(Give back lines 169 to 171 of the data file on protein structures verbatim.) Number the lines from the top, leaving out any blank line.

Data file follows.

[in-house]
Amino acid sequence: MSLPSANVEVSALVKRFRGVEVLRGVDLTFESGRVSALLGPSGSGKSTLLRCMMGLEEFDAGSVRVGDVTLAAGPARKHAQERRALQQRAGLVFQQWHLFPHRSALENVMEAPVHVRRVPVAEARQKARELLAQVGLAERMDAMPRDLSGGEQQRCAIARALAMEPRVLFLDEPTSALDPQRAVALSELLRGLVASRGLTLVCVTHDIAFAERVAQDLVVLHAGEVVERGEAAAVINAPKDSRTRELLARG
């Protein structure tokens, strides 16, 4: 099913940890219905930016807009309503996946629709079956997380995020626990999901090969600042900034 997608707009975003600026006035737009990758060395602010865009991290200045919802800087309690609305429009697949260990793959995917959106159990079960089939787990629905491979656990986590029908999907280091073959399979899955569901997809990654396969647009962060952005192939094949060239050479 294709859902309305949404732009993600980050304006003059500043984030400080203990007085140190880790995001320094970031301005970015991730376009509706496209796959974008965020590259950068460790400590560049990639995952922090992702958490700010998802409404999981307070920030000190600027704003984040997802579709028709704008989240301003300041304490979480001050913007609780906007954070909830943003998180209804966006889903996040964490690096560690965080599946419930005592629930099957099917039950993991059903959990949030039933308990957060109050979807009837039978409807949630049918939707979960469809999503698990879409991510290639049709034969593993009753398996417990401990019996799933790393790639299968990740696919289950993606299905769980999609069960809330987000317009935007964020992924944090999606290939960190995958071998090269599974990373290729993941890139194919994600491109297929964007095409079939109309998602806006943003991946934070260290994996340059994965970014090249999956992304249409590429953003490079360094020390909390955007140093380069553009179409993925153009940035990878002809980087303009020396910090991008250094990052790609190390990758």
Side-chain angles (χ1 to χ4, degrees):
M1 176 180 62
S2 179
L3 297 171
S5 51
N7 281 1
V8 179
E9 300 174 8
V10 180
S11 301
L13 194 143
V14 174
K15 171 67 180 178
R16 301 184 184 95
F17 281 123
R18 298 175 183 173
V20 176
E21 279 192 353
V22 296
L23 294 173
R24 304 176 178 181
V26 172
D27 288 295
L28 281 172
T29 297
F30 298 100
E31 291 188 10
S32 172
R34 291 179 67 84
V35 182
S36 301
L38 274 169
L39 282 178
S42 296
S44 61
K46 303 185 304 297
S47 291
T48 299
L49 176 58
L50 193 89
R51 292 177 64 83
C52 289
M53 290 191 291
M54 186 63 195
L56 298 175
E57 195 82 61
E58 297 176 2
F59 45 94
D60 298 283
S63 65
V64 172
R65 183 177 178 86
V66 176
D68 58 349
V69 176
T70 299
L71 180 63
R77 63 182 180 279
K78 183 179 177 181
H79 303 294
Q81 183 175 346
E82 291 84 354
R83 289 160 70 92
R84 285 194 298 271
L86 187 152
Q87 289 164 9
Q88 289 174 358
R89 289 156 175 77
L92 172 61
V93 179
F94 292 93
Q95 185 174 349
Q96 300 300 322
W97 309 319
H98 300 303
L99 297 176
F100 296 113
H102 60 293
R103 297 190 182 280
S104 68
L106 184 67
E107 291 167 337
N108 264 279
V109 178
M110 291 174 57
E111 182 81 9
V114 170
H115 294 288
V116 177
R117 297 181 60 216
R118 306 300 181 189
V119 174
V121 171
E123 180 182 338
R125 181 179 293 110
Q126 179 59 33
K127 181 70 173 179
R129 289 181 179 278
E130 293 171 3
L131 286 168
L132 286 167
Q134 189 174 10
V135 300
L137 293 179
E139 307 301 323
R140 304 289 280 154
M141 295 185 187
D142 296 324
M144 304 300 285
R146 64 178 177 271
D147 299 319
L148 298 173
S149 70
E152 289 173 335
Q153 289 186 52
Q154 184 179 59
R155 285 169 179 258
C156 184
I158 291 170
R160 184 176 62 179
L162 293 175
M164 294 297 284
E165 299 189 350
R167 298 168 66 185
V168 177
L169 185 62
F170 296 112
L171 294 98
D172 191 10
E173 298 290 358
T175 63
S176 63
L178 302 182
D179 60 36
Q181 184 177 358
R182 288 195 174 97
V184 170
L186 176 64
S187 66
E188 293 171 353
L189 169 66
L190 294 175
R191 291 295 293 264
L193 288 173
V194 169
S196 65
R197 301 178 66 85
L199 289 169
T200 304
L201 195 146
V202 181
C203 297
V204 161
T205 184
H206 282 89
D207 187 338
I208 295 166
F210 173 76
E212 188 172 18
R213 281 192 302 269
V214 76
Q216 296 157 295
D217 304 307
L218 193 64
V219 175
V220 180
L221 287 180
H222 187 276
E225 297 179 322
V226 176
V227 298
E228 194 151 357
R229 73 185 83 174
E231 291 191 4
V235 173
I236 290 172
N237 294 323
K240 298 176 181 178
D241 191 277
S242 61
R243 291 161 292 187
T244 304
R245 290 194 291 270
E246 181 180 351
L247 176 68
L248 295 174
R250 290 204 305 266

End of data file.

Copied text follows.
V220 180
L221 287 180
H222 187 276